It does, it does. And I’ve always sort of thought of these books as, when I set out to write them, I told my editor — I gave her a proposal, but I said, I’ve never written a book like this before. So I don’t know if it’s one book, or if it’s two books, or if it’s three books, and we’ll just have to play it by ear. And at the end of the first book, I was like, okay. I can tie up all of the plot-things easy, there’s a very natural way to do this. I was like, but the emotional things I wanted to do with these characters, they went deeper and darker than I expected them to, and there’s no way they can earn the endings that I think they deserve in one book.

It’s true, at the end of Six of Crows it feels like the characters think they’ve reached their endings, and they haven’t.

I think too, that’s what makes heists interesting. There’s the fun side of them, but the thing that really makes them exciting, particularly in books as opposed to film is what the challenges are that the characters have to overcome. People enter in, these are characters who appear highly competent at the beginning of Six of Crows, and then they face these challenges… that undermine that competence, and that’s what makes the heist exciting.

It’s not that like, OH! This is happening! And this is blowing up! Or this person got caught! It’s what they have to overcome personally within the story. And for Crooked Kingdom, that was kind of doubly true, because they have this whole new set of challenges that are coming out them, and they’ve just had their armor torn to bits, so they’re a lot more vulnerable to those challenges.

So moving forward, what are you working on now?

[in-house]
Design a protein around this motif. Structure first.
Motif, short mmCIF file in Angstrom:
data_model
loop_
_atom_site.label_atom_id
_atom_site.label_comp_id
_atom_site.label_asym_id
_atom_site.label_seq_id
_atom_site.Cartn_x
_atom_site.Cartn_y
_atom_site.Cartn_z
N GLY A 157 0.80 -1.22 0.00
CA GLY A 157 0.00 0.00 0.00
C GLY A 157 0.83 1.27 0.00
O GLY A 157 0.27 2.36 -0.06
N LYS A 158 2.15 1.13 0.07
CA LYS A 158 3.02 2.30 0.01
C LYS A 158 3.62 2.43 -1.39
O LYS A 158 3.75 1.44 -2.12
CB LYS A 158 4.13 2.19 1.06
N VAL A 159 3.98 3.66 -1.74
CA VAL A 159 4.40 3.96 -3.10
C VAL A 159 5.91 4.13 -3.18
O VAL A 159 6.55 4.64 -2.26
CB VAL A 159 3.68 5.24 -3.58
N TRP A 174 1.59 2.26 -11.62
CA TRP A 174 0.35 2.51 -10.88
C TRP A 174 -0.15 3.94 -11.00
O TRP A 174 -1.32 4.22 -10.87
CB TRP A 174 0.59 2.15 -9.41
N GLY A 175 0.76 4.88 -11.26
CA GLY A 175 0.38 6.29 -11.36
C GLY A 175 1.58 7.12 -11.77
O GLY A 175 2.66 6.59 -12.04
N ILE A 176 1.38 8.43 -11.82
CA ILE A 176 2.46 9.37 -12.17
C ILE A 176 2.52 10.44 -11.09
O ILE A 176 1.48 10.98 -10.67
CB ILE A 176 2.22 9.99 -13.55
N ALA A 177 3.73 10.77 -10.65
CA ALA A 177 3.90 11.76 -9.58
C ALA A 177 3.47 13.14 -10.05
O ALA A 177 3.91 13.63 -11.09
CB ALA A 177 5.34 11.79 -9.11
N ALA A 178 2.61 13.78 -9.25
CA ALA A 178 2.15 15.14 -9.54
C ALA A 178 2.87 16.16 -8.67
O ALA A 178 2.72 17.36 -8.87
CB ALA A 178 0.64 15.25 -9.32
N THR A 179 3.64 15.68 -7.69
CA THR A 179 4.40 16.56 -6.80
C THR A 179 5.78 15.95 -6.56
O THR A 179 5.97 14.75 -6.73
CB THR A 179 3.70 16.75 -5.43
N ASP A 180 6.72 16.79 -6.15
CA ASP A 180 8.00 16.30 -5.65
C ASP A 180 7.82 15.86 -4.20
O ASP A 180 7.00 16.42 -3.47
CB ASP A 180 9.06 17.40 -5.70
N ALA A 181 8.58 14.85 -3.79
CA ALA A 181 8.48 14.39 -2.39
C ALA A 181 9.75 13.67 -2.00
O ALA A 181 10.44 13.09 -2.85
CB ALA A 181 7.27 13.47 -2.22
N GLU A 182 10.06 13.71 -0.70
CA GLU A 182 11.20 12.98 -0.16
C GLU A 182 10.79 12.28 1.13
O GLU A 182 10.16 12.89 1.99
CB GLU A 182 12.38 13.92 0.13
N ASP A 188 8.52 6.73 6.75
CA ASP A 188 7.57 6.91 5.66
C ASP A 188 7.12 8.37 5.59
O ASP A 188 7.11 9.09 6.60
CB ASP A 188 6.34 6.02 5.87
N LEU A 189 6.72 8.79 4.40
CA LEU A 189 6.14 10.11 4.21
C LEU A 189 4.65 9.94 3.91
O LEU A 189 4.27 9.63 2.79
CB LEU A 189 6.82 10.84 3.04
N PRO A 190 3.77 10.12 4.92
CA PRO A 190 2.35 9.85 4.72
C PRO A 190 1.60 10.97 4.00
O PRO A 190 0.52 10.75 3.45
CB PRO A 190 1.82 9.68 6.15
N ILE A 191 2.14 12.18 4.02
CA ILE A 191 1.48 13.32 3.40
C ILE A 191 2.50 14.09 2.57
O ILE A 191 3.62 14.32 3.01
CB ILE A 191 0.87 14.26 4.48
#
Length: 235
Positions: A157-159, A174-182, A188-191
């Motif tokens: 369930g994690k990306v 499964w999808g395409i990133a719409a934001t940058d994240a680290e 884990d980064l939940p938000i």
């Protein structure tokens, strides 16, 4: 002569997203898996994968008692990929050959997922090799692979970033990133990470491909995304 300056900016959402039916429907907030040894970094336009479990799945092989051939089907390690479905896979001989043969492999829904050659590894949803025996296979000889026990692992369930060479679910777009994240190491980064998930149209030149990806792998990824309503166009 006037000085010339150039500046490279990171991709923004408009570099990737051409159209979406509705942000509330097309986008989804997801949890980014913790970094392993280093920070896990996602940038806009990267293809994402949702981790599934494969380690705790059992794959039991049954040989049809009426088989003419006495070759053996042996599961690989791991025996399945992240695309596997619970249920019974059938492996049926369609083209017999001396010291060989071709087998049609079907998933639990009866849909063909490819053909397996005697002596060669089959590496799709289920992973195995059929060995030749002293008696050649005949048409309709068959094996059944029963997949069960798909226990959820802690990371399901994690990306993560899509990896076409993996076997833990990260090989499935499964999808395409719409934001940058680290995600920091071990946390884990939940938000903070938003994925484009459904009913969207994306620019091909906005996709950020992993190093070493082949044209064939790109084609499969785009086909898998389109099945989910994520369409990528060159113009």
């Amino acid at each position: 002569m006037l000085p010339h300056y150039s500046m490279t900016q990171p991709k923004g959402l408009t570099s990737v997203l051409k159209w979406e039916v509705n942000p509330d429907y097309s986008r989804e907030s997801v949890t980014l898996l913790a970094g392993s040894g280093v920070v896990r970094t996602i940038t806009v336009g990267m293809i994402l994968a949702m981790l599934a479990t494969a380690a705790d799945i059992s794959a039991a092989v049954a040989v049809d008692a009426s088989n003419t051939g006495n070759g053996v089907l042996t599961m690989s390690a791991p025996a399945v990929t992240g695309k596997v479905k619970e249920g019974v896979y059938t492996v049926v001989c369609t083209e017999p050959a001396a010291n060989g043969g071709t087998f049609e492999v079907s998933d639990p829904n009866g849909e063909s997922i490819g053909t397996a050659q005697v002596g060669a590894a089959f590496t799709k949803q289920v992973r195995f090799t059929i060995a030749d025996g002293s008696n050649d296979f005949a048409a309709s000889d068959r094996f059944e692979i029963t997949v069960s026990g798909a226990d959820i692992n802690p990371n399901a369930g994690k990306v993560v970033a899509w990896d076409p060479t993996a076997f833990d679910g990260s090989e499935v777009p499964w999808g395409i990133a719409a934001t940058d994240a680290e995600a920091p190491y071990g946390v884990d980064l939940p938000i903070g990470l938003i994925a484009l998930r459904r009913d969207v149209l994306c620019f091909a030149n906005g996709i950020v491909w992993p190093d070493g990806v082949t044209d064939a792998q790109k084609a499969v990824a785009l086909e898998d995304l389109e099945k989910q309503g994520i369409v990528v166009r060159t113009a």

Well, I’m working on Wonder Woman right now, and I have a couple of other projects that I can’t talk about yet, but one is one that I have been wanting to write for a very long time. And some other things cooking!

What is it like writing Wonder Woman?

You know, it’s really very joyful! The strange thing about it is that I have just come off the heels of writing these very morally compromised characters, and Diana has her own challenges to contend with, but she is at her heart a very kind hero. And it’s one of the things I think people love so much about her, is that she has this deep empathy, and this deep kindness.

She comes from a culture where that is valued, and where the suffering of others means something. And so it’s been really fun to write her! And I feel like I’m in a better mood! I’ll come out of my writing day, and I’m like, oh, I feel good! And then I’m like, maybe it’s because I wasn’t writing about murder and torture!

So it’s been great. I feel like there’s obviously a tremendous weight of expectations that are attached to the character and I want to do right by the character, but I’m really glad I’m doing it. I don’t think there’s any other character I would have wanted to put my other work aside for than Wonder Woman.

Did you like the trailer?


Crooked Kingdom by Leigh Bardugo is available tomorrow from Amazon, Barnes & Noble, and your local independent bookstore.

What are your top theories for ‘Crooked Kingdom’?

Anyone who received a mole or rat Patronus in J.K. Rowling’s new quiz is getting a little reassurance from the Harry Potter author.

Last week Pottermore took the fandom by storm when they debuted the long-awaited Patronus quiz. It’s a next-level personality quiz — it’s beautiful and provides a real sense of magic. Overall, we love it!